Bank of Scotland reports 'marked' rise in Scottish job vacancies

Jobcentre sign The report said March saw the strongest rise in permanent job vacancies since last August

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The number of permanent job vacancies in Scotland rose "markedly" in March, according to a survey of recruitment agencies.

The latest Bank of Scotland report on jobs said the rise was the strongest it had recorded since last August.

All eight employment sectors posted an increase in permanent vacancies, with IT and computing leading the way.

Average pay for permanent and temporary staff also rose at their fastest rates in several months.

The Bank of Scotland's jobs barometer - which is designed to provide a snapshot of labour market conditions - stood at 54.6, up from 52.4 in February.

Measurements of 50 and above represent expansion, while numbers below 50 suggest contraction.

'Greater demand'

The report indicated an increase in the number of people placed into both permanent and temporary work last month, with recruitment agencies generally linking this to greater client demand.

Edinburgh-based recruitment agencies reported the strongest increases in both permanent and temporary staff placements during March.

Permanent salaries increased at the fastest rate in Aberdeen, closely followed by Edinburgh, while the strongest rise in temporary hourly pay rates was posted in Dundee.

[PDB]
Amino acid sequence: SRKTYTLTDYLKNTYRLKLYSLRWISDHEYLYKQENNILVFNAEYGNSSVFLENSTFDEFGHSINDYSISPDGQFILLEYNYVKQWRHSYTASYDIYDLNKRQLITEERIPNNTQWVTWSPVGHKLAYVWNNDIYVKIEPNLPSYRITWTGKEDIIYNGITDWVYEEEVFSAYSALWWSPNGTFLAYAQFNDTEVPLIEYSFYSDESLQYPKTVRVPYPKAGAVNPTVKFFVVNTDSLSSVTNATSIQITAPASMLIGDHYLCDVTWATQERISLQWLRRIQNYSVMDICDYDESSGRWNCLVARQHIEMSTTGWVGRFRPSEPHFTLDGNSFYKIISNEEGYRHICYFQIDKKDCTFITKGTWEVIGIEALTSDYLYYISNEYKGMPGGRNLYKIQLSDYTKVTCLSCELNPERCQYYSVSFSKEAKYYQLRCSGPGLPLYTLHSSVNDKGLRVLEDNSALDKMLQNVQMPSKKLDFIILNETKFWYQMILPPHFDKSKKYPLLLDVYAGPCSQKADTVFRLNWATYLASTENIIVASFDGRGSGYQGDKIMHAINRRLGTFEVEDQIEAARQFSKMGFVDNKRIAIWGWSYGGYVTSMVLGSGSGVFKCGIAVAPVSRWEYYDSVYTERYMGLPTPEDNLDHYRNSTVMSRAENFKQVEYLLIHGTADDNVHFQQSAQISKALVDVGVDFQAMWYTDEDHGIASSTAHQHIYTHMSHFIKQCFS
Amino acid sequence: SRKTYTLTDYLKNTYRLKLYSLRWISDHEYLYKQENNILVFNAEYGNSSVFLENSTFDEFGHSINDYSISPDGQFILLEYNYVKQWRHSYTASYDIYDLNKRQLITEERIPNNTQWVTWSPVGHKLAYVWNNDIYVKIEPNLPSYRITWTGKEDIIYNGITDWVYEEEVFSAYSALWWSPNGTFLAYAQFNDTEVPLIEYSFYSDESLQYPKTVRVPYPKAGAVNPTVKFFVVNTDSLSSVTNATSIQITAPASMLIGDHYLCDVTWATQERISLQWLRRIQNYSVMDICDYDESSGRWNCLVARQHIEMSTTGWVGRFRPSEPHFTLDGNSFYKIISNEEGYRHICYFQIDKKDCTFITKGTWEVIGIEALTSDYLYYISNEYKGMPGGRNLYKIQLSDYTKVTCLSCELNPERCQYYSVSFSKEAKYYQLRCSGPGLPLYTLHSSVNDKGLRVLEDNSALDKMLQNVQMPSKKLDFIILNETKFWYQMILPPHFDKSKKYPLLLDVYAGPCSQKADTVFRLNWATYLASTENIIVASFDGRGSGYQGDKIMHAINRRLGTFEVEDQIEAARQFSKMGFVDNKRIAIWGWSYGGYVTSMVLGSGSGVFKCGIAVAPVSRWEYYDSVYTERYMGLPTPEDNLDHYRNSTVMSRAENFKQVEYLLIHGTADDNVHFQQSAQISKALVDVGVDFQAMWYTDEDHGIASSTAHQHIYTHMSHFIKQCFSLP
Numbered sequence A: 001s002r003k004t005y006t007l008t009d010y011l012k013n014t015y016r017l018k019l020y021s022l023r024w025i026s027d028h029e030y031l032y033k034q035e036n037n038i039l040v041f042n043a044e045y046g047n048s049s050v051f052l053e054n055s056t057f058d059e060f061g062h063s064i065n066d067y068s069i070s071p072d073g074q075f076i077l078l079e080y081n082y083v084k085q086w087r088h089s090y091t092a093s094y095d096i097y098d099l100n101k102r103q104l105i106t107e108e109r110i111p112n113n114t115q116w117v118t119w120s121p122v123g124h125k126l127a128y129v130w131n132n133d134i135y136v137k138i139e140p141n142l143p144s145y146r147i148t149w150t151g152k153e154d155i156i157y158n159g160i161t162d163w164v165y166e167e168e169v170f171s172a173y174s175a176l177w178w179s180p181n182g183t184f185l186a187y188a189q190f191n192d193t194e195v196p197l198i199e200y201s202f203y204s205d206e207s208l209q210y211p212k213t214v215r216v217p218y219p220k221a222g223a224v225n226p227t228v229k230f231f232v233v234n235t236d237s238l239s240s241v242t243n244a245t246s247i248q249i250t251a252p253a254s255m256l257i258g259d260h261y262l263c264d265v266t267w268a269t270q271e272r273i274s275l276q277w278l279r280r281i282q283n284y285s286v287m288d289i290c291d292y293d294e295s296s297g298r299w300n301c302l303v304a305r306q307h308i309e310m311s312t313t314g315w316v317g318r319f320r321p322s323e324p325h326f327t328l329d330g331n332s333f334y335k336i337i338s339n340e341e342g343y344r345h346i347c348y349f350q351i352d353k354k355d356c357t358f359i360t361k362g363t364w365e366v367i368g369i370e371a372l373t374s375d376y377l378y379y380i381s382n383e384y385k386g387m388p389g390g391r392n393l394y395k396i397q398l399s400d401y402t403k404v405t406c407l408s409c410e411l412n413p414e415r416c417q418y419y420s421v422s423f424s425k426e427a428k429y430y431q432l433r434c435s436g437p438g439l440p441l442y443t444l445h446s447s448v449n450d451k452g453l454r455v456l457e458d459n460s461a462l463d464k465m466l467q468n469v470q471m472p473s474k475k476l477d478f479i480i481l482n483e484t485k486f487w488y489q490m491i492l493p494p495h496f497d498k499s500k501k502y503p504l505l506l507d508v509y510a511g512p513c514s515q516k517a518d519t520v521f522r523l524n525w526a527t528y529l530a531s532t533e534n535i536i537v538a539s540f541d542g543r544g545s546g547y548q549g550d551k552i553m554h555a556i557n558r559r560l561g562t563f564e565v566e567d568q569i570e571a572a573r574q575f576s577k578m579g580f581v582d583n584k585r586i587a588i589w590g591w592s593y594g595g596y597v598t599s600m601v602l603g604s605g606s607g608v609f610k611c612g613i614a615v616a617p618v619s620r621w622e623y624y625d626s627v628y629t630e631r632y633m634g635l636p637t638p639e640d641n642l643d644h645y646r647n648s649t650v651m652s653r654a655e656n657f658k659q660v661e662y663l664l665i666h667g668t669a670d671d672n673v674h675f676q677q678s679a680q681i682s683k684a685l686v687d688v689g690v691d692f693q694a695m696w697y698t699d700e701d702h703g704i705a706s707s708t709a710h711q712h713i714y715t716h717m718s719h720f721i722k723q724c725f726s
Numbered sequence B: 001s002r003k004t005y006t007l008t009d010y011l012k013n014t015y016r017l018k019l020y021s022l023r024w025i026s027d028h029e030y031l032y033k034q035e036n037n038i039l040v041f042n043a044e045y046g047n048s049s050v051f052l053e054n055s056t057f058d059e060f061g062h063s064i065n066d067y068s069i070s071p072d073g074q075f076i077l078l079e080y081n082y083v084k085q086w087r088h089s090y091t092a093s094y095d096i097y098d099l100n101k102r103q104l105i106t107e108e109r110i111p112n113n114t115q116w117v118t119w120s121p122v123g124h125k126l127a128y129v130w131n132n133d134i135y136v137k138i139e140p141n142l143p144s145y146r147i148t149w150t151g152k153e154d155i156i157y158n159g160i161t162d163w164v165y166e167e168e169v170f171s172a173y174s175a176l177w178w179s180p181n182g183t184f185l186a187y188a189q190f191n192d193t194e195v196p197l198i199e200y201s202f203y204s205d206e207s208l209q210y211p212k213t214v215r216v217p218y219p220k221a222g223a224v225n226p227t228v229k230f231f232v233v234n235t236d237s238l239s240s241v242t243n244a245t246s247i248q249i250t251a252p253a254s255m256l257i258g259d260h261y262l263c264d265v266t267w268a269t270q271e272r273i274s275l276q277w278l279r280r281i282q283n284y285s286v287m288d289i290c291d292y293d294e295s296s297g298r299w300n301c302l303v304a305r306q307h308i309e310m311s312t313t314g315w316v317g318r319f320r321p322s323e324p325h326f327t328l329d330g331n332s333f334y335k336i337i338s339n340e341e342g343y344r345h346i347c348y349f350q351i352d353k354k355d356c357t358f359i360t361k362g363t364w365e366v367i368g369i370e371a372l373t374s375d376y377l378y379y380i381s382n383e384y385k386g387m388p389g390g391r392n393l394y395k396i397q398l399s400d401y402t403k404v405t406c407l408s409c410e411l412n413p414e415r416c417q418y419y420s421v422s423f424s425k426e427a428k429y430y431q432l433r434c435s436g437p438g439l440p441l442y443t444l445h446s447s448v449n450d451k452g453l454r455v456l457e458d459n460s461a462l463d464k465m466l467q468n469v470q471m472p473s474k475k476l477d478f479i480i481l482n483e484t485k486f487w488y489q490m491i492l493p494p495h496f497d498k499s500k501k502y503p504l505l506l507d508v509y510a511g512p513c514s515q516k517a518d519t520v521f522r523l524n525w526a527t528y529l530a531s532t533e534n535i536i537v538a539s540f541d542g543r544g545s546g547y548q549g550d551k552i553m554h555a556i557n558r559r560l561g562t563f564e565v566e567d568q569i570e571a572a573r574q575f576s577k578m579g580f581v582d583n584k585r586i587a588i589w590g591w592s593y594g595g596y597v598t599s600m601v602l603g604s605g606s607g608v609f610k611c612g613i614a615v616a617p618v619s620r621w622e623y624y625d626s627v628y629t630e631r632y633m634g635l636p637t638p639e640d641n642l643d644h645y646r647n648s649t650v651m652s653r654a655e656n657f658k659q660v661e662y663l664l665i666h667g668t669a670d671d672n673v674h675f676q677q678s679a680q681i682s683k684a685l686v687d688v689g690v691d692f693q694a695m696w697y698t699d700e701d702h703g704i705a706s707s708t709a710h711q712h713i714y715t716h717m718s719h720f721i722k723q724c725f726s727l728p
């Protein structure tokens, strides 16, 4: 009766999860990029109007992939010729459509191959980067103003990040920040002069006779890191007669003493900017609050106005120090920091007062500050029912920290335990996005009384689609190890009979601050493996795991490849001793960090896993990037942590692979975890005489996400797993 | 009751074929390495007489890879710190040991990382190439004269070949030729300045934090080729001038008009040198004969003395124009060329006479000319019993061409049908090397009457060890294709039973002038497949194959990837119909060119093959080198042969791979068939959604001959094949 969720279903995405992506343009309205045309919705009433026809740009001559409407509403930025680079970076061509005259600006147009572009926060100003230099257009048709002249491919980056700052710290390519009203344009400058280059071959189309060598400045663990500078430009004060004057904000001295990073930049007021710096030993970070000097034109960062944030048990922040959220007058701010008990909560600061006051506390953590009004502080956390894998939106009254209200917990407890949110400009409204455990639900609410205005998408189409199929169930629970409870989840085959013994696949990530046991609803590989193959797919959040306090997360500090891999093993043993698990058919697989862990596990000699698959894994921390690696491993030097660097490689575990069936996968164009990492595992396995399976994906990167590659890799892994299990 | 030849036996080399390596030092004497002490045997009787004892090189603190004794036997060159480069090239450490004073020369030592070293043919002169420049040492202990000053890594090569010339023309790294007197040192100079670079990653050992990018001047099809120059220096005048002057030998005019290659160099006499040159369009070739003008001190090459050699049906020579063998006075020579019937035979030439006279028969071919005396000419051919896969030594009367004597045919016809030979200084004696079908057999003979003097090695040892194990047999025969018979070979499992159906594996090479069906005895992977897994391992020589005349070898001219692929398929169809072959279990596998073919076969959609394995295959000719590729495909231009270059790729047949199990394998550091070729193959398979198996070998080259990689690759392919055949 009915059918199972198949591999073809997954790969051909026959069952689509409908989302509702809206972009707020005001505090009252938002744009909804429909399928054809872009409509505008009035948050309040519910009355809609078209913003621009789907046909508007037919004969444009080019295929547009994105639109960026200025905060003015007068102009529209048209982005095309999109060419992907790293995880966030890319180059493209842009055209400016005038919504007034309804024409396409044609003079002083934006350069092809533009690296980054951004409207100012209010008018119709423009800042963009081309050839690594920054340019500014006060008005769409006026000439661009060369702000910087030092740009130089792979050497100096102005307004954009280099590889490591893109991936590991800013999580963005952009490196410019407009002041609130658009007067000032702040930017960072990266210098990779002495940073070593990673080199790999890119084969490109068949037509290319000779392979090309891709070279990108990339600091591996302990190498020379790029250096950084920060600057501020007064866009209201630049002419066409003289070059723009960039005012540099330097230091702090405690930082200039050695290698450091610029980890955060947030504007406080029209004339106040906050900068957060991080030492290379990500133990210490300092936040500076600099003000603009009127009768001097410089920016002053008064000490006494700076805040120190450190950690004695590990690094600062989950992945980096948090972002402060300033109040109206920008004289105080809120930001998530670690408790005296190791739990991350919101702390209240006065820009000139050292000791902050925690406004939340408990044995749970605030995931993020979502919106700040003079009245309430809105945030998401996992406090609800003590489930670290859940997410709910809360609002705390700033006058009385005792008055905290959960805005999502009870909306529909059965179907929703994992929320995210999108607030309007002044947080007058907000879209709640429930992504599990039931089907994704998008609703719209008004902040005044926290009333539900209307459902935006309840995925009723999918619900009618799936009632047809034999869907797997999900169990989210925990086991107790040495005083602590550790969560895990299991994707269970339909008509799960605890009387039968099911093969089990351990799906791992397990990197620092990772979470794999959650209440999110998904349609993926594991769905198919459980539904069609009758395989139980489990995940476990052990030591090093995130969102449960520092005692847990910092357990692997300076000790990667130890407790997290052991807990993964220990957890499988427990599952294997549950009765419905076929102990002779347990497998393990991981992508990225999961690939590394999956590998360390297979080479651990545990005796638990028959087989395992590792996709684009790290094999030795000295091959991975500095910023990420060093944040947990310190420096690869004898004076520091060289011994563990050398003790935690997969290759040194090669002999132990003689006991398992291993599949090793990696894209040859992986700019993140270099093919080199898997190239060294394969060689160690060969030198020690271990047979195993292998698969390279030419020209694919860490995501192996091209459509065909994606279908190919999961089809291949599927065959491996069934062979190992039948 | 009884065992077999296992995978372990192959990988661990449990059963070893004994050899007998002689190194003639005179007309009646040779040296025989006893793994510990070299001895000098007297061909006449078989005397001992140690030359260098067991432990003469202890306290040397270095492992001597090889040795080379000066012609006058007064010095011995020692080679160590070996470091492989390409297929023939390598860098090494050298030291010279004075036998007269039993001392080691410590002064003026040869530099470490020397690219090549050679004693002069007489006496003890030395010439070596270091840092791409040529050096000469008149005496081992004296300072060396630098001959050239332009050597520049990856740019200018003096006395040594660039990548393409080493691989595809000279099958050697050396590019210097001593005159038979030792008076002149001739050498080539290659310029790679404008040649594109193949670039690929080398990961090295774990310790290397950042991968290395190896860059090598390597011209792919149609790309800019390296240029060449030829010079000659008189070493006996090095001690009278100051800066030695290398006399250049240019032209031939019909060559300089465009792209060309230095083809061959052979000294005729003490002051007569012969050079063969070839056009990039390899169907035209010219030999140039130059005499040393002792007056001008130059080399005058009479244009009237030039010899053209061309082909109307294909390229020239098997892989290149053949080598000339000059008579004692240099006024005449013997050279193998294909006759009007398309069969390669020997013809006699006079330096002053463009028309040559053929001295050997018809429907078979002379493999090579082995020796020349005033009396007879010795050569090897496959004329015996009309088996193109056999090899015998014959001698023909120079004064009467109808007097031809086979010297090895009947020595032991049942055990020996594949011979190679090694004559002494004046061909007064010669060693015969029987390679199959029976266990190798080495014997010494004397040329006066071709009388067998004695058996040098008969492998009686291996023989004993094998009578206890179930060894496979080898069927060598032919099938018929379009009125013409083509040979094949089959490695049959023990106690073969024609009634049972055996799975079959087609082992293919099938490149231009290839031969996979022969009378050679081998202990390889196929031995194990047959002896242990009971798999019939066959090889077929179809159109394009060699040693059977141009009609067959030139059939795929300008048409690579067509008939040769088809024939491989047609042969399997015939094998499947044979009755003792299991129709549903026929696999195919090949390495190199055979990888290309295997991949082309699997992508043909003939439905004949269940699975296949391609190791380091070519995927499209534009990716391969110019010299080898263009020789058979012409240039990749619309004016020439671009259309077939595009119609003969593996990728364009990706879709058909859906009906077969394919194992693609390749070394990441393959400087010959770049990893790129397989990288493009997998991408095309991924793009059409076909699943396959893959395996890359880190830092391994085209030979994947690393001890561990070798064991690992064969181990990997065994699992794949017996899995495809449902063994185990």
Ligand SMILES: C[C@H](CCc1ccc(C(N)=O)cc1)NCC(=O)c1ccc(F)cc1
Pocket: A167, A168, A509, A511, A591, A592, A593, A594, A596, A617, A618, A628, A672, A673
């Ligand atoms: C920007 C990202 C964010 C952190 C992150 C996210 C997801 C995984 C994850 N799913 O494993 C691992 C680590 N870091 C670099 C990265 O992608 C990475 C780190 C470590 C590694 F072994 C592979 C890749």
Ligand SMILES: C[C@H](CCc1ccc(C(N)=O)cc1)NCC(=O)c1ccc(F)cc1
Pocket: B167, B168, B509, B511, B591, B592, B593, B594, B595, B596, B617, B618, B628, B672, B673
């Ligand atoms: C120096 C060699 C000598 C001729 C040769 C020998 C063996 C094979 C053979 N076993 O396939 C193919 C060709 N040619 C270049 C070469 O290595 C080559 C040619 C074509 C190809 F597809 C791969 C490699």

Bank of Scotland chief economist Donald MacRae said: "The Scottish labour market showed a further improvement in March with the barometer at its highest level since last July.

"The number of people placed into permanent jobs increased solidly in the month while temporary job placements rose at the strongest pace in seven months.

"Job vacancies for both permanent and temporary jobs rose across all eight sectors for permanent jobs and in six of the eight sectors for temporary jobs."

He added: "This provides further evidence of an economy beginning to reverse the slowdown experienced at the end of last year and raises hopes of a return to moderate growth in 2012."

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